Before Pep Guardiola and before Jose Mourinho, there was Bela Guttmann: the first superstar football coach, and the man who paved the way for the celebrated coaches of the modern age. Hewas also a Holocaust survivor. In 1944, much of Europe had wanted Guttmanndead. He hid for months in an attic near Budapest as thousands of fellow Jewsin the neighbourhood were dragged off to be murdered.
Later, he escaped from aslave labour camp before a planned deportation and almost certain death.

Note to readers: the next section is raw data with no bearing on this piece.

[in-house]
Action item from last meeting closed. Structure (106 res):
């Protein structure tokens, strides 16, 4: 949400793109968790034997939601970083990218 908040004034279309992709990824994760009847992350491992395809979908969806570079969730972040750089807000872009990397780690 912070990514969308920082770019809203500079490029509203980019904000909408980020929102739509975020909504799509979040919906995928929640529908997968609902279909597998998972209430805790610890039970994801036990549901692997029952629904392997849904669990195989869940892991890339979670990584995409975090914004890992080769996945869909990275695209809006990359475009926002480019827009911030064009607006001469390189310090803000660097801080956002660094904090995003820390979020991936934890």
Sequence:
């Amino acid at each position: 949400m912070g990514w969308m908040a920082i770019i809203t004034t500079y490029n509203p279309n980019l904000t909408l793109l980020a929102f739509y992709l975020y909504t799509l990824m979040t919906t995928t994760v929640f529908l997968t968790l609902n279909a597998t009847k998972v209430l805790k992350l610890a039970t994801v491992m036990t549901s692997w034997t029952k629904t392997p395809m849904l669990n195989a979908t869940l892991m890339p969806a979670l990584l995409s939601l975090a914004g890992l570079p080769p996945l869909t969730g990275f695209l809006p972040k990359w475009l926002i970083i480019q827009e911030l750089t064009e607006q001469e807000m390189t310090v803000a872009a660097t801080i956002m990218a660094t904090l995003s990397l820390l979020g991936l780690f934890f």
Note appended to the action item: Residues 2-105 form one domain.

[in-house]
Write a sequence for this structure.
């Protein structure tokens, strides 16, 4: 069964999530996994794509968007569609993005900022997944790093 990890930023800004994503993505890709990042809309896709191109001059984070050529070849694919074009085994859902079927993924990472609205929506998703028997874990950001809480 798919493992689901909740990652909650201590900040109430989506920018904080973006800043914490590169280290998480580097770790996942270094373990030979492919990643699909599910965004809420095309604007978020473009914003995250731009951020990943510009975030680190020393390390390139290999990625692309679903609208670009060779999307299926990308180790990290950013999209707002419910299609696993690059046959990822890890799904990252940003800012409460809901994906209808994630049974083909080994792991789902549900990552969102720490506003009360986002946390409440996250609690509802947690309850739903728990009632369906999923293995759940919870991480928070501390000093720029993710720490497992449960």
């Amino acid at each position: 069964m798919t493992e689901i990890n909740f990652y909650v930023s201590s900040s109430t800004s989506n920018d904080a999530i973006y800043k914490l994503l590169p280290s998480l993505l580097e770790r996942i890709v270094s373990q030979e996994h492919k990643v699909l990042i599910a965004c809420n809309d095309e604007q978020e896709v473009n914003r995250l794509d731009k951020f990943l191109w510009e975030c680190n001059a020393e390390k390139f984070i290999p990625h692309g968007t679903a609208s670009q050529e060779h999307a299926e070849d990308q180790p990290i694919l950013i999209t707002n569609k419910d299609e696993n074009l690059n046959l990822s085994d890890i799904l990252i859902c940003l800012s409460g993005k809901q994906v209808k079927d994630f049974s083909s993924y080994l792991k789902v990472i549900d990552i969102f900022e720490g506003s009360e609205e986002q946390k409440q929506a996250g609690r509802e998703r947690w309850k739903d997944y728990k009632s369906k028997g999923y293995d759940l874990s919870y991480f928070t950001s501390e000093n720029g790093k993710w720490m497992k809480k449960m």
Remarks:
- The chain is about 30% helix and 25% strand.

Hisfather, sister and wider family were murdered. Butby 1961, as coach of Benfica, he had lifted Europe's greatest sporting prize,the European Cup, a feat he repeated the following year. Thisbiography spans two contrasting visions of Europe: one of barbarism andgenocide, and one of beauty, wonder and romance, of balmy evenings inmagnificent cities, where great players would stretch every sinew in a bid towin football's holy grail.
With dark forces rising once again in thatcontinent, the story of Bela Guttmann's life asks the question: which visionwill triumph in our times?